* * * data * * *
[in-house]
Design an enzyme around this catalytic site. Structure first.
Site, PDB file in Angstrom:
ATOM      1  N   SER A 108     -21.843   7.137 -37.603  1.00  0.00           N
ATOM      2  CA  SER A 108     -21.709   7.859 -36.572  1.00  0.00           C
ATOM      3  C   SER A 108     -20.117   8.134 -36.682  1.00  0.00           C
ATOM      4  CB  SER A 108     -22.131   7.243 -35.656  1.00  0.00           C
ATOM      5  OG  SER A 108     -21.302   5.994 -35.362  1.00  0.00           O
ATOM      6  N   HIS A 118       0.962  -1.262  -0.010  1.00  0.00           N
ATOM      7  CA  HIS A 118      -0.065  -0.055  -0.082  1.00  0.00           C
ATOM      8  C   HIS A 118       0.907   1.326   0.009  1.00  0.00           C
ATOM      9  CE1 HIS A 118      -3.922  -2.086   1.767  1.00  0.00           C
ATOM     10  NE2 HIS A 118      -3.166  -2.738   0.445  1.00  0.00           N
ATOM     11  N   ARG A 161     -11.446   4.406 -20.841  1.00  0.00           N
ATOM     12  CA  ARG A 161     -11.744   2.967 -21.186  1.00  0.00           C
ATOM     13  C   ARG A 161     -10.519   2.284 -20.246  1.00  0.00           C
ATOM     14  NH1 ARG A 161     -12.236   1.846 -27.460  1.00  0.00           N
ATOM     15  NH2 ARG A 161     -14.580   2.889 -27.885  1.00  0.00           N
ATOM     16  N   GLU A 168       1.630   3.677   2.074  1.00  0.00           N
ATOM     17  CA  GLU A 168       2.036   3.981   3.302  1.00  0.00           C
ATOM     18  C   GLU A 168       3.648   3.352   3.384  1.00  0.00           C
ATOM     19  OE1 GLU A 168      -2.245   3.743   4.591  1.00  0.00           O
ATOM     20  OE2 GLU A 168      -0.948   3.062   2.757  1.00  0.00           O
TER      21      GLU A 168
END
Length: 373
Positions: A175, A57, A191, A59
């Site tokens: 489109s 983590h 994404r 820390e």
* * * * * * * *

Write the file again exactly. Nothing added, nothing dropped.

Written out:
[in-house]
Design an enzyme around this catalytic site. Structure first.
Site, PDB file in Angstrom:
ATOM      1  N   SER A 108     -21.843   7.137 -37.603  1.00  0.00           N
ATOM      2  CA  SER A 108     -21.709   7.859 -36.572  1.00  0.00           C
ATOM      3  C   SER A 108     -20.117   8.134 -36.682  1.00  0.00           C
ATOM      4  CB  SER A 108     -22.131   7.243 -35.656  1.00  0.00           C
ATOM      5  OG  SER A 108     -21.302   5.994 -35.362  1.00  0.00           O
ATOM      6  N   HIS A 118       0.962  -1.262  -0.010  1.00  0.00           N
ATOM      7  CA  HIS A 118      -0.065  -0.055  -0.082  1.00  0.00           C
ATOM      8  C   HIS A 118       0.907   1.326   0.009  1.00  0.00           C
ATOM      9  CE1 HIS A 118      -3.922  -2.086   1.767  1.00  0.00           C
ATOM     10  NE2 HIS A 118      -3.166  -2.738   0.445  1.00  0.00           N
ATOM     11  N   ARG A 161     -11.446   4.406 -20.841  1.00  0.00           N
ATOM     12  CA  ARG A 161     -11.744   2.967 -21.186  1.00  0.00           C
ATOM     13  C   ARG A 161     -10.519   2.284 -20.246  1.00  0.00           C
ATOM     14  NH1 ARG A 161     -12.236   1.846 -27.460  1.00  0.00           N
ATOM     15  NH2 ARG A 161     -14.580   2.889 -27.885  1.00  0.00           N
ATOM     16  N   GLU A 168       1.630   3.677   2.074  1.00  0.00           N
ATOM     17  CA  GLU A 168       2.036   3.981   3.302  1.00  0.00           C
ATOM     18  C   GLU A 168       3.648   3.352   3.384  1.00  0.00           C
ATOM     19  OE1 GLU A 168      -2.245   3.743   4.591  1.00  0.00           O
ATOM     20  OE2 GLU A 168      -0.948   3.062   2.757  1.00  0.00           O
TER      21      GLU A 168
END
Length: 373
Positions: A175, A57, A191, A59
């Site tokens: 489109s 983590h 994404r 820390e």